The Diary of Malcolm X: El-Hajj Malik El-Shabazz, 1964
""The Diary" permits us to travel with him [Malcolm] intimately during his Hajj, and to observe his incomprehensible commitment to establish a blueprint for peace and freedom for everyone, regardless of nationality, gender or socio-economic status. . . . As we read "The""Diary" entries, so spontaneously and yet ardently penned during the respite, we can see that Malcolm circled the globe in search of solutions for the human condition."
"Malcolm was a keen collector of keepsakes, documents, books, newspapers, film, and, of course, the record of his life. . . . this ["Diary"] is Malcolm coming of age, the ever-evolving leader and thinker, reacting to the perceptions of others with the growing realization of his own significance and singular place as a conduit from Afro-America to Africa and the Muslim world."
The Diary of Malcolm X is a transcended document. The editors, in their deliberations, careful annotations and commentary, have given us oxygen in the actual language of our brother and leader. The only question left is---- will we accept his daunting challenge.
Herb Boyd The Diary of Malcolm X Herb Boyd is a journalist, activist, teacher, and has authored or edited 23 books, including By Any Means Necessary: Malcolm X Real Not Reinvented (co-edited with Haki Madhubuti, Maulana Karenga, and Ron Daniels); and Civil Rights: Yesterday & Today. His book Baldwin's Harlem, a biography of James Baldwin, was a finalist for a 2009 NAACP Image Award. In 1995, with Robert Allen, he was a recipient of an American Book Award for Brotherman--The Odyssey of Black Men in America, an anthology. We Shall Overcome, a media-fusion book with narration by the late Ossie Davis and Ruby Dee, is used in classrooms all over the world, as is his Autobiography of a People and The Harlem Reader. His articles can be found in such publications as The Black Scholar, The Final Call, the Amsterdam News, Cineaste, Downbeat, The Network Journal, and The Daily Beast among others.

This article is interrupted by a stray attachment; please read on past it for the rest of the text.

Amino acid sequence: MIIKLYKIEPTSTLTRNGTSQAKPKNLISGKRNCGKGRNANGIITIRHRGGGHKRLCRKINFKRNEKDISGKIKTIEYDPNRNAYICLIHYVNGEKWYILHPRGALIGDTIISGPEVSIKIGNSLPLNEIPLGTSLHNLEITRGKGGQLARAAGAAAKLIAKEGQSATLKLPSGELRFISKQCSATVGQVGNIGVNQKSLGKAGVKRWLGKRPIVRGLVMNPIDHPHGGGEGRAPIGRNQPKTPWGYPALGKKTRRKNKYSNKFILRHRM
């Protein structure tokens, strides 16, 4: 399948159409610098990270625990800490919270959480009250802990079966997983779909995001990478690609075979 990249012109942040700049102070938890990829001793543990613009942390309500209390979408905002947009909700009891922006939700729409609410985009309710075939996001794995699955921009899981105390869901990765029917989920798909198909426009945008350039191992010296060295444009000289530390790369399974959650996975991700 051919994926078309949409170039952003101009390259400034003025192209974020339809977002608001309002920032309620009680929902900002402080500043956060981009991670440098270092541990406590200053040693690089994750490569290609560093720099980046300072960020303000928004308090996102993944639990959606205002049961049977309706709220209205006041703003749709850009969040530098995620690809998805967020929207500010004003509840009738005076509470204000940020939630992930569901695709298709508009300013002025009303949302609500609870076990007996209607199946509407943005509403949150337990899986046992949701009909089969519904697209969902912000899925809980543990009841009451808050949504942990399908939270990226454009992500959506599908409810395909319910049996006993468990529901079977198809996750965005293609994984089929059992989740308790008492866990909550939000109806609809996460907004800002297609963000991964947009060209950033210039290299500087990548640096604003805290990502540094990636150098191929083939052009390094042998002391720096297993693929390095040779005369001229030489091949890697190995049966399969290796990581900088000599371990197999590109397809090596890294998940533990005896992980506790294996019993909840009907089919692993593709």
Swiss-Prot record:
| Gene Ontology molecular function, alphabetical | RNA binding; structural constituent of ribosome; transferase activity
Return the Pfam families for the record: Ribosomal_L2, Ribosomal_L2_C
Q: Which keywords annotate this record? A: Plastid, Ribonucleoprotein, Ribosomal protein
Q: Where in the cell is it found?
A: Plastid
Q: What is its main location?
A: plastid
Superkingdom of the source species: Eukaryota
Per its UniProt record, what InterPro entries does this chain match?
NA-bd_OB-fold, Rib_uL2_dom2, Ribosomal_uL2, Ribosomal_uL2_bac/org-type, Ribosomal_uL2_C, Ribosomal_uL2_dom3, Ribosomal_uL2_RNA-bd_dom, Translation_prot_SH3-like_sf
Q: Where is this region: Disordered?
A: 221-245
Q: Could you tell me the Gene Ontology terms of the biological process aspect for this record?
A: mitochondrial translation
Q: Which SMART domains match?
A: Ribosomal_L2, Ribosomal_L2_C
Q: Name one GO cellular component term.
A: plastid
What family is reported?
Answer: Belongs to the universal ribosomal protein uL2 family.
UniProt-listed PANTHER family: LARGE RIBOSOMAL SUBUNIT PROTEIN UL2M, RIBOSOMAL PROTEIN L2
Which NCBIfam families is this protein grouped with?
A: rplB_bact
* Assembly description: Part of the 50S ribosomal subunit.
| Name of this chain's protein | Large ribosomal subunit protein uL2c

Ilyasah Al-Shabazz The Diary of Malcolm X Ilyasah Shabazz holds a Master of Science degree in education and human resource development from Fordham University. For many years she was director of Public Affairs and Special Events for the city of Mount Vernon, New York. In 2002, she, along with Kim McLarin, completed her memoir Growing Up X.
In 1964, Malcolm X (El-Hajj Malik El-Shabazz) made two trips to Africa and the Middle East. During those trips, he kept copious notes and those notes, along with editing, annotations, and commentary by Herb Boyd and Ilyasah Shabazz, comprise the whole of this remarkable diary.
"From the pages of his Diary," said his daughter Ilyasah Shabazz, "we hear his voice distilled and pure, devoid of outside interference, manipulation or intent. With his Diary, the entire world can now accurately assess the value, contribution and magnitude of Malcolm X."
And the Diary captures Malcolm in all his complexity, reveals some of his trepidations, and above all his humanity as he encountered a coterie of dignitaries, world leaders, and ordinary people who were as mesmerized by his genius as he was in wonder of the often challenging new cultures he experienced from country to country.
Readers will discover how significantly the Diary complements his autobiography, at times filling in the blanks, expanding an incident, and adding context to moments sometimes only mentioned in passing in the autobiography.
"From the pages of his Diary, we hear his voice distilled and pure, devoid of outside interference, manipulation or intent. With his Diary, the entire world can now accurately assess the value, contribution and magnitude of Malcolm X."
--Ilyasah Shabazz, daughter of Malcolm X